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Pastor Eric D.Clarke
The early Seventh-day Adventist pioneers were largely self-supporting. They worked "on
faith" without financial backing other than their own resources and occasional gifts.
These gifts were based on generosity rather than being proportionate to donor income
or part of a systematic giving program.
As a result of a Bible class conducted by J.N. Andrews, the name " Systematic
Benevolence On the Tithing Principle" was given to the early Adventist financial giving
system in 1859. Ellen G. White strongly affirmed the concept of " Systematic
Benevolence," and said, "God has devised a plan by which all may give as He has
prospered them, and which will make giving a habit without waiting for special calls...
Until all shall carry out the plan of systematic benevolence, there will be a failure in
coming up to the apostolic rule" (Testimonies, vol. 3, p. 411).
The "Tithing System" as it became known in later years, also included voluntary
offerings. The great mission thrust of the late nineteenth and early twentieth centuries
was launched through the plan of "Tithe Sharing" and the systematic offerings of
members. It included the weekly Sabbath School Mission Offerings begun in 1877 and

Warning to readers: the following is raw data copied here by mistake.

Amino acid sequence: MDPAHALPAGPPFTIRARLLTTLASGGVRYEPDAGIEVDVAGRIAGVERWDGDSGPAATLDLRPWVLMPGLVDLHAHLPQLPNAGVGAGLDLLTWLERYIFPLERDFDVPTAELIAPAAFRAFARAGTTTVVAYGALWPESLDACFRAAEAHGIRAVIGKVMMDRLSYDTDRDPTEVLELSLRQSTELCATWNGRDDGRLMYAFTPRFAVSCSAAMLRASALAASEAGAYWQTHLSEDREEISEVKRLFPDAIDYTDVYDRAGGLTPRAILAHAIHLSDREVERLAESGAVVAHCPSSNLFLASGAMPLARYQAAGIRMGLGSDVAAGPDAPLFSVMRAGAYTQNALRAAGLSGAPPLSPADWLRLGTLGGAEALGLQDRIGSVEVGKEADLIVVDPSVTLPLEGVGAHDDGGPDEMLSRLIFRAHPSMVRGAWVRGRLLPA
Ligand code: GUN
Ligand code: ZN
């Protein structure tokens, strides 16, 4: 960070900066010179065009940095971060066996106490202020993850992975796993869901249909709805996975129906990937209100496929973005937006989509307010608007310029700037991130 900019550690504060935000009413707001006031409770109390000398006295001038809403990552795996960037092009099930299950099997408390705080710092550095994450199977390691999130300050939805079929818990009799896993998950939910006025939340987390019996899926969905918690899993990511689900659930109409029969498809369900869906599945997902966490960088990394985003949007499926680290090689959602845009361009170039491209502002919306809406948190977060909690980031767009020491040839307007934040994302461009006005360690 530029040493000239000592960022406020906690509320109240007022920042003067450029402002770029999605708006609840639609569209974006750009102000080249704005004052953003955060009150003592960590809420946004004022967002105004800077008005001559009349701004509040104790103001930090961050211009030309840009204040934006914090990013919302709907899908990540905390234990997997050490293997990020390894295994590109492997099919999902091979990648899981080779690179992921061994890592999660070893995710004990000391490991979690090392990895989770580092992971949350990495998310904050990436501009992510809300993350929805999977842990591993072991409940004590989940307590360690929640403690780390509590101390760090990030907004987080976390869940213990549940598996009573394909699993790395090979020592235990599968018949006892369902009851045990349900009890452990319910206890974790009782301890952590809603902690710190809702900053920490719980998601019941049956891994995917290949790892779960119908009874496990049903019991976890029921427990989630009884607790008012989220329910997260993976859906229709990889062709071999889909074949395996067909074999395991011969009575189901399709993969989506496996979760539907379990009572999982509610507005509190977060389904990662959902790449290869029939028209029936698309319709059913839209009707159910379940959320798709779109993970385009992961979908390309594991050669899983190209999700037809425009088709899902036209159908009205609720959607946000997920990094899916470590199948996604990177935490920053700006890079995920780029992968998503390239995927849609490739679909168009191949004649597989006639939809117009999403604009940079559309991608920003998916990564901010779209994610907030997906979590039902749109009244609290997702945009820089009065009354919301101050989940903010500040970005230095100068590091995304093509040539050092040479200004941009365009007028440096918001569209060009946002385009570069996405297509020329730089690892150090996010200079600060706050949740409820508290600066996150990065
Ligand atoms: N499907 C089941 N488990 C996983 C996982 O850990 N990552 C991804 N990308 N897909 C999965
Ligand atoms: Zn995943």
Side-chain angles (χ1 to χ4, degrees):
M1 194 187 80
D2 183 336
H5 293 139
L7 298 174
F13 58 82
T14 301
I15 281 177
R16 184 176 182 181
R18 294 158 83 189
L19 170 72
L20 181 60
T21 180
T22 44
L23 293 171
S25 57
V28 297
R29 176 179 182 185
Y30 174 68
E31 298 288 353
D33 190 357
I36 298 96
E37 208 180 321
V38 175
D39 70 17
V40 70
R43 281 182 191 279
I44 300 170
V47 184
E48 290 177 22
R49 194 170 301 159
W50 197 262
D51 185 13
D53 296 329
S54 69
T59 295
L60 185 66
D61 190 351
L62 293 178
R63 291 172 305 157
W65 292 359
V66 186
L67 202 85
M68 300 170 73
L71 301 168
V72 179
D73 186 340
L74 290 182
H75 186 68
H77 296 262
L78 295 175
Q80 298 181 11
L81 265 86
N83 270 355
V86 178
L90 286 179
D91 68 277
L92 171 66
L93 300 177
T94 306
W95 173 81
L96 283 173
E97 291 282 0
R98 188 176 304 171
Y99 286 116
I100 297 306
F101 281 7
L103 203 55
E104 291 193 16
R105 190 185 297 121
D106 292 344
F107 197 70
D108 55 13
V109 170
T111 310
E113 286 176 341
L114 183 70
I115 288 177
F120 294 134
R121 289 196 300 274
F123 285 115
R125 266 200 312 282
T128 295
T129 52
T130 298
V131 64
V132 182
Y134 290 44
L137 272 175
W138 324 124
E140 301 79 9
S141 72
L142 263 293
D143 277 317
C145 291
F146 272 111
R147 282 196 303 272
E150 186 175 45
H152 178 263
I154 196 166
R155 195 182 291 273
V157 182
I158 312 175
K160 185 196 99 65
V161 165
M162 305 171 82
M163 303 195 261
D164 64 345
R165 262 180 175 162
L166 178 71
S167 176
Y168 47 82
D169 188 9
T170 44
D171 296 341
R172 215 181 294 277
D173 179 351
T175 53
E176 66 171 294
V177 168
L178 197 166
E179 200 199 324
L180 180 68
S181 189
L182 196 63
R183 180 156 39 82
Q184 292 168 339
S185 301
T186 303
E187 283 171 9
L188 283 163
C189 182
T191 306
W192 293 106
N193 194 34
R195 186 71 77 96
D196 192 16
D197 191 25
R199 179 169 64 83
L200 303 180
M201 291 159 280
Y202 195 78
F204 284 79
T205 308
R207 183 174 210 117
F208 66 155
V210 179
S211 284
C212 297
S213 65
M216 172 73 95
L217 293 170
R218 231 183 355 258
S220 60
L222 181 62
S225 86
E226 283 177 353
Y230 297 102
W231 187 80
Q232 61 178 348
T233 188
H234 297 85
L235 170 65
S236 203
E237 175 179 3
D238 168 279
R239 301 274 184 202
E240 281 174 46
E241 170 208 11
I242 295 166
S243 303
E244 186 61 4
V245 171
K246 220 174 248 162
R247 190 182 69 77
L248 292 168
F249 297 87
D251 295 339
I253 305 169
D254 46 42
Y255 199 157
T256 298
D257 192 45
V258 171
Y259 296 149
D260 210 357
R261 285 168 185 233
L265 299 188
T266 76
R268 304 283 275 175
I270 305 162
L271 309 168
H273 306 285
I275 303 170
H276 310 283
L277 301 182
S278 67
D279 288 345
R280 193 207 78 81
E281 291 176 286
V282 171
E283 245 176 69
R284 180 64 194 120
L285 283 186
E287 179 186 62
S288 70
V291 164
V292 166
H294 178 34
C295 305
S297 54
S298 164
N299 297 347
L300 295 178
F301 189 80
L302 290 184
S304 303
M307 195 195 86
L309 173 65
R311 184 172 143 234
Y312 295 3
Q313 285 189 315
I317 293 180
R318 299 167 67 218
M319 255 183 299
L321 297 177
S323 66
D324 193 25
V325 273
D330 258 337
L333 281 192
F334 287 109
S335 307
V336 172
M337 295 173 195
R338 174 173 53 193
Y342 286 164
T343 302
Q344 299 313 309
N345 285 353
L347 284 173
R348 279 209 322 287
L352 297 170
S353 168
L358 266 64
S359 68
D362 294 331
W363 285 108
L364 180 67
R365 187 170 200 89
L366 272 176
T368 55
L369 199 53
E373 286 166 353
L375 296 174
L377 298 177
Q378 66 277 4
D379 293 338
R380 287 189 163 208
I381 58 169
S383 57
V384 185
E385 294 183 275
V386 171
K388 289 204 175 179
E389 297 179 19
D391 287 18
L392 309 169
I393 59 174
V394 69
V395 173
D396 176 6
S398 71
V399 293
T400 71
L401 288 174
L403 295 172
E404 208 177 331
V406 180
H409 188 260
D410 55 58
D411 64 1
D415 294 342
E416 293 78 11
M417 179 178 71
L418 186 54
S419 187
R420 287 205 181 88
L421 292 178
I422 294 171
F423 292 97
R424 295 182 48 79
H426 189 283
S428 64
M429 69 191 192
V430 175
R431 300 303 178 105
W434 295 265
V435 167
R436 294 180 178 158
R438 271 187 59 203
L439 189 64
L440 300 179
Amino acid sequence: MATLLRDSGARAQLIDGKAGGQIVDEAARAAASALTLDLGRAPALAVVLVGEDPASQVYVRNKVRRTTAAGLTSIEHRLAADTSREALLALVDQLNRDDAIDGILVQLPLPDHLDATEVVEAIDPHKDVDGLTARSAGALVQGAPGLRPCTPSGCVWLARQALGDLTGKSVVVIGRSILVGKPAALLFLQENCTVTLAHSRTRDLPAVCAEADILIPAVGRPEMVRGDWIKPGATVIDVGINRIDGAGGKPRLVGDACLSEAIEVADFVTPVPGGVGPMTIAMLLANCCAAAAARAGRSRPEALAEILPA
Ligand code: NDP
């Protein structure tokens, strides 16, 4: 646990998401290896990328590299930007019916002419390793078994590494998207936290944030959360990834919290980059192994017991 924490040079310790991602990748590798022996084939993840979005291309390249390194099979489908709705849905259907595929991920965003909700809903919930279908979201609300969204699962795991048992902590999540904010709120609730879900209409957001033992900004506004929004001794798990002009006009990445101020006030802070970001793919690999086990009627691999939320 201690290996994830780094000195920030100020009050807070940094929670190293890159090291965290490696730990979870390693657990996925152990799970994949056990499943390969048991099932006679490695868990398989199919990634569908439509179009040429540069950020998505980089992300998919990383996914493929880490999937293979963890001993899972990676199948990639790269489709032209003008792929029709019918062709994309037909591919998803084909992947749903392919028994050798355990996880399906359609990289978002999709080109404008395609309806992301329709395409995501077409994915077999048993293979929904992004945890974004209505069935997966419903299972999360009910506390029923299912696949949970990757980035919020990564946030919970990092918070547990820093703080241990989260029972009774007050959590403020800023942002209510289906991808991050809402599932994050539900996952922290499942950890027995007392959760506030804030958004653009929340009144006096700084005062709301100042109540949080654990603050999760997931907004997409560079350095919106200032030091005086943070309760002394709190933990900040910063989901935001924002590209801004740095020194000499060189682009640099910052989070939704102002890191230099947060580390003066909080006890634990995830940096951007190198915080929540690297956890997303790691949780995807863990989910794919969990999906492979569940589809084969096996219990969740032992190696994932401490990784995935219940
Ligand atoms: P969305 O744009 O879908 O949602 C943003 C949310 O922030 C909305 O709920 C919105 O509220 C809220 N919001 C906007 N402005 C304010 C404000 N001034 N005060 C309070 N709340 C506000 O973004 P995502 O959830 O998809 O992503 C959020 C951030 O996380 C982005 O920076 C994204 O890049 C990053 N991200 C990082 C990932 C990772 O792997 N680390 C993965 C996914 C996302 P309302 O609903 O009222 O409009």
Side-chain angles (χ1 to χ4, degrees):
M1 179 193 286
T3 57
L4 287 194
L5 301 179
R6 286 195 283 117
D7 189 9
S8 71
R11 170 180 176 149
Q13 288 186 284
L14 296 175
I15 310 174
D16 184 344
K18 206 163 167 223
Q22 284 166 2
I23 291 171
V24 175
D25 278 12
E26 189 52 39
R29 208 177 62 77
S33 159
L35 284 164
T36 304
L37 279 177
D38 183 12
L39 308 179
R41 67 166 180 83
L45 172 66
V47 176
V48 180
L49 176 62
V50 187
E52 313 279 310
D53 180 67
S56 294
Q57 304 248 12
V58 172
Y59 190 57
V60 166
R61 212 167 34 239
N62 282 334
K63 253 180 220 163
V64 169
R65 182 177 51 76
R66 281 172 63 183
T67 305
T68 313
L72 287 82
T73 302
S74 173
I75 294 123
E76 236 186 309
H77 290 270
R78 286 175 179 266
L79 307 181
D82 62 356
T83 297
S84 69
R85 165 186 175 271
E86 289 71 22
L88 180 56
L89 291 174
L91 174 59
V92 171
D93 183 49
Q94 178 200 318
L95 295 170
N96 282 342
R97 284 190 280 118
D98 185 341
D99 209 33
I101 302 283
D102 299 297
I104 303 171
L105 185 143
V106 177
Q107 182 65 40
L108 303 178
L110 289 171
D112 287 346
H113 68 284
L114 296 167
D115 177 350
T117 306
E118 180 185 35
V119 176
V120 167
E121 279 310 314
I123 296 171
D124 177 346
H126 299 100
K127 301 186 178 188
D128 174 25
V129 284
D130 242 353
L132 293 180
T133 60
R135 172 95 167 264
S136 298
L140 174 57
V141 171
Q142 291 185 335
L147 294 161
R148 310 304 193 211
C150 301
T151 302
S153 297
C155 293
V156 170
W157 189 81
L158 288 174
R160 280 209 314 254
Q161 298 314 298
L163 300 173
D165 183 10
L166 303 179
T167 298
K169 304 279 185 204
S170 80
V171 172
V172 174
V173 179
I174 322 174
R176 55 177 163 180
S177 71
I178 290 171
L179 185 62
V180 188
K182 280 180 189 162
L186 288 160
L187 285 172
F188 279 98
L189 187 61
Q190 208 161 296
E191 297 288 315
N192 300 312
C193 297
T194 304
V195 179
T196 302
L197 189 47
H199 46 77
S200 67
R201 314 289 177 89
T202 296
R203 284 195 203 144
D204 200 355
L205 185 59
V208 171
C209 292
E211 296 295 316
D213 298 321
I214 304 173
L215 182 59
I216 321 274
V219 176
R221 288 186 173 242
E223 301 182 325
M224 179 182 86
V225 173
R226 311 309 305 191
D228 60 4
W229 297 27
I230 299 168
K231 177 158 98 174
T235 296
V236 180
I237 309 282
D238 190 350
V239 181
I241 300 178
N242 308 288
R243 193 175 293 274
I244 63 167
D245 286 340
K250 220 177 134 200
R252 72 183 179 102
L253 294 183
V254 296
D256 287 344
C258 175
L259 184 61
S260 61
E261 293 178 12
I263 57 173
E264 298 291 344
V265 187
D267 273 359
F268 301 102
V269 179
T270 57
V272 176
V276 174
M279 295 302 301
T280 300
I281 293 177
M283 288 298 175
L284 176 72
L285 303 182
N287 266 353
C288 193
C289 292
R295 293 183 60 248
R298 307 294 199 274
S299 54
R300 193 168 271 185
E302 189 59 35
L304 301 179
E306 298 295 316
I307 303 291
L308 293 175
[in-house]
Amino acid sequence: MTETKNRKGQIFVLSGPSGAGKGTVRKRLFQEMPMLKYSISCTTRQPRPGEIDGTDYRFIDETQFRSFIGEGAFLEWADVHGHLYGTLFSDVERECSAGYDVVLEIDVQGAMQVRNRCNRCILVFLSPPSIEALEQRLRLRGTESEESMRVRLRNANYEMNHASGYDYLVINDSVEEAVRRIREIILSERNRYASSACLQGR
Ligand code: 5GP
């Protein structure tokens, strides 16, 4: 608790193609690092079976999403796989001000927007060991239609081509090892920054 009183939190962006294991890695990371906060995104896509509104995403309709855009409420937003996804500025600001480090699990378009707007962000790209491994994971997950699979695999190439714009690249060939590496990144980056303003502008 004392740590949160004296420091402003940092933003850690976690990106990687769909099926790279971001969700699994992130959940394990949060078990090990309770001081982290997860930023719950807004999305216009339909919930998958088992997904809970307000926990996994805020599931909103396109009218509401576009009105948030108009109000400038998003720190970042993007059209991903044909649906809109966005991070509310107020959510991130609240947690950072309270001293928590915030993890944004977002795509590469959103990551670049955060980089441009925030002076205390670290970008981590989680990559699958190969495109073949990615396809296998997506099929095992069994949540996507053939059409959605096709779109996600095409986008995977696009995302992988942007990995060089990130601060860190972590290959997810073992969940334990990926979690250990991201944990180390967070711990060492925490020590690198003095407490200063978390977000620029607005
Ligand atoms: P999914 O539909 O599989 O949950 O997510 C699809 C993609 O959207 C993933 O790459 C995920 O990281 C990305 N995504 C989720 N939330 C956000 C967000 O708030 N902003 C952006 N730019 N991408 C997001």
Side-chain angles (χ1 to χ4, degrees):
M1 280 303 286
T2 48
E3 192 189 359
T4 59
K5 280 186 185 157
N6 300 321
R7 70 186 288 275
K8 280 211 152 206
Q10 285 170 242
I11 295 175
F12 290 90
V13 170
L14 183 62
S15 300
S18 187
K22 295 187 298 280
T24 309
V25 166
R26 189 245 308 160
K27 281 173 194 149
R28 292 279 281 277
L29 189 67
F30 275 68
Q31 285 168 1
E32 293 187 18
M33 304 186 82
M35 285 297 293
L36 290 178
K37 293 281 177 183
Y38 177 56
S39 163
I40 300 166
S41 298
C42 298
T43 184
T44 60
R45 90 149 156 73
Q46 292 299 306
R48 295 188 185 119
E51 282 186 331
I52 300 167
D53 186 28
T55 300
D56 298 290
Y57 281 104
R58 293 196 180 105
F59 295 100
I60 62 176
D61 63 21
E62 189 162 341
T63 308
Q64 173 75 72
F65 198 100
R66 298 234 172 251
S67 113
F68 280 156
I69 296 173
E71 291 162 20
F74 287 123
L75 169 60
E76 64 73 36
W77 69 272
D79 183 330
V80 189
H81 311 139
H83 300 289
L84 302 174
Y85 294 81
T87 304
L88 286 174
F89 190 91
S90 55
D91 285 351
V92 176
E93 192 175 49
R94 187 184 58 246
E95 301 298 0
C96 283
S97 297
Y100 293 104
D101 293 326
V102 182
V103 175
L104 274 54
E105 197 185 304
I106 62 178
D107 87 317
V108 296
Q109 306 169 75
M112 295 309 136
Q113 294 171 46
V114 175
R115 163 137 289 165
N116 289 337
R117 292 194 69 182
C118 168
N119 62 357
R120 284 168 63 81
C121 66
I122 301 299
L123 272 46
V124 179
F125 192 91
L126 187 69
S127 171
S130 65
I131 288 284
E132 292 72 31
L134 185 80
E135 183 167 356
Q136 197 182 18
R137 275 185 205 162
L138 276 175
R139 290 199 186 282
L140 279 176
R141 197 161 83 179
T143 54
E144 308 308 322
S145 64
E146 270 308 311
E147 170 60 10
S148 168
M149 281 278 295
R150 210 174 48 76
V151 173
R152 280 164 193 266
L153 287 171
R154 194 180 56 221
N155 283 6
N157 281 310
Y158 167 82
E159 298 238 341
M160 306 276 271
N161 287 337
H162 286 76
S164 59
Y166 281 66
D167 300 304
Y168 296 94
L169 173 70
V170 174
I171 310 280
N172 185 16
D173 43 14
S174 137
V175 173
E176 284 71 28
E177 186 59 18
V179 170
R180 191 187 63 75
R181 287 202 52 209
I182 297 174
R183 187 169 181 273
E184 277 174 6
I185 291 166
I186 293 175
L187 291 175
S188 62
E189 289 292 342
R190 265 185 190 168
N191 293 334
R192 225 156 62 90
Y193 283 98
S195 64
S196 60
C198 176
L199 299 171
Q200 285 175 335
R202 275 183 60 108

later the Thirteenth Sabbath Offerings, Birthday/Thank Offerings, and Sabbath School
The forerunner of the Stewardship Ministries was the Church Development Service,
which provided counseling for capital building projects for Seventh-day Adventist
churches in North America (1959-1966). At the General Conference Session of 1966, the
new department was organized. The name Stewardship and Development was
recommended by the General Conference President, Robert H. Pierson, and became
official at the 1967 Annual Council.
The Department of Stewardship and Development enjoyed a place of prime importance
in the church during the decade of the 1970s, as indicated by the appointment of
Stewardship Directors in most divisions, unions, and conferences worldwide. At the
same time, the concept of stewardship moved from a focus on capital fundraising to
a more complete biblical view of stewardship of treasure, talent, time, and body temple.
At the General Conference Session in 1980, the Department of Stewardship and
Development was merged with the Ministerial Association. The Departmental emphasis
now included an emphasis on tithe and offering education, as well as personal and
family finance. At the 1985 General Conference Session, Stewardship and Development
was integrated into a newly proposed Department of Church Ministries, along with
Family Life, Lay Activities (Personal Ministries), Sabbath School, and Youth. During
the early 1990s, a stewardship revival and a renewal of interest in stewardship began in
many countries of the world. At the General Conference Session in 1995, Stewardship
Ministries again became a Department of the Church. This organizational renewal
provided an opportunity to develop a conceptual redefinition, which included an
expanded philosophy of stewardship as a Christian lifestyle in partnership with and in